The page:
Hebrews 11:28 - By Faith Moses...Part 3
This morning we are looking at Hebrews 11:28, however, we will read Hebrews 11:24-28, It says, “By faith Moses, when he was grown up, refused to be called the son of Pharaoh's daughter, choosing rather to be mistreated with the people of God than to enjoy the fleeting pleasures of sin. He considered the reproach of Christ greater wealth than the treasures of Egypt, for he was looking to the reward. By faith he left Egypt, not being afraid of the anger of the king, for he endured as seeing him who is invisible. By faith he kept the Passover and sprinkled the blood, so that the Destroyer of the firstborn might not touch them.”
Last week one of the points that we discussed was that God’s grace does two necessary things for a believer.
First, the grace of God opens our eyes to see and understand our great enemies: indwelling sin, sin in the world, and Satan.
Secondly, the grace of God enables a believer to see the invisible God and understand how he saves us from these great enemies through His Son Jesus Christ. When these two things happen the believer responds with repentance and faith and receives grace and mercy.
When we see this happen it is a very beautiful thing. However, when this grace is not evident in a person it can be very frustrating. We find ourselves asking, "Why is this happening?"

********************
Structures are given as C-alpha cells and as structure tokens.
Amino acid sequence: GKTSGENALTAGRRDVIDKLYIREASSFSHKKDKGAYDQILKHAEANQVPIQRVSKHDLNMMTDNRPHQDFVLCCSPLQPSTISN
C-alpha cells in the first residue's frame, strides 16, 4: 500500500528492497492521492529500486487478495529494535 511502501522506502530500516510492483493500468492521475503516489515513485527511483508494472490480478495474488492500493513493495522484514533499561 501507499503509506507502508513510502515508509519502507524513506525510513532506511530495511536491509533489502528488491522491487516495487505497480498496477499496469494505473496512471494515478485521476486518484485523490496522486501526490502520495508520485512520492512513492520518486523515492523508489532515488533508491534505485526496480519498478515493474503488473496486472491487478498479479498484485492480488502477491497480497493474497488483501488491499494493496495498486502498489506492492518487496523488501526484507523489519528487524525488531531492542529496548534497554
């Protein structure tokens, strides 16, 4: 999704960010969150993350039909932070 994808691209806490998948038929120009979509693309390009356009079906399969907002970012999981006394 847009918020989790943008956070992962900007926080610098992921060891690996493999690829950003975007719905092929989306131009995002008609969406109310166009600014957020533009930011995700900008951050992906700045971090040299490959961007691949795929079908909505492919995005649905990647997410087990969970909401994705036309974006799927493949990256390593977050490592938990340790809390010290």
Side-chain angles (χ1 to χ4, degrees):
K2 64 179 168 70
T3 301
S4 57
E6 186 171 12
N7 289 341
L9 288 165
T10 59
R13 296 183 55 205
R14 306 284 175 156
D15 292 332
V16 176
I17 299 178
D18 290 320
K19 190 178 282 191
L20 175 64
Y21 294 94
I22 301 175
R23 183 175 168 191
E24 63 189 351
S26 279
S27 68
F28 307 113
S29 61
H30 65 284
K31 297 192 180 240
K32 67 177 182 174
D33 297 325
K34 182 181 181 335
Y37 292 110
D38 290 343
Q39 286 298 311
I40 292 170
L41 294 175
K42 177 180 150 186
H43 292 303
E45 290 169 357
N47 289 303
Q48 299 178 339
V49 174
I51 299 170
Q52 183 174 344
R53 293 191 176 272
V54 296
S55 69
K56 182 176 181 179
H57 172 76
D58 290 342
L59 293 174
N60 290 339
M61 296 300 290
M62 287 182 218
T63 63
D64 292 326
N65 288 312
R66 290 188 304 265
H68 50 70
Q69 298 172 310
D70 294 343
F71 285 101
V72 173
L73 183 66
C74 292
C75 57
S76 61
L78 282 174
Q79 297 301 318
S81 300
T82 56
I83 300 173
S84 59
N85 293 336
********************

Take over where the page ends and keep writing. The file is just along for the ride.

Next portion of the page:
These types of things come to the surface for us to observe as we come to the book of Exodus. We see this as Moses interacts with Pharaoh. Throughout the events surrounding the Exodus we discover that Pharaoh’s heart is hardened so that he will not repent and let the people of Israel go. For example, in Exodus 11 God sends Moses to Pharaoh and he tells Pharaoh what will happen if he does not let God’s people go. The LORD speaks through Moses and he says, “About midnight I will go out in the midst of Egypt, and every firstborn in the land of Egypt shall die, from the firstborn of Pharaoh who sits on his throne, even to the firstborn of the slave girl who is behind the handmill, and all the firstborn of the cattle. There shall be a great cry throughout all the land of Egypt, such as there has never been, nor ever will be again.” (11:4-6)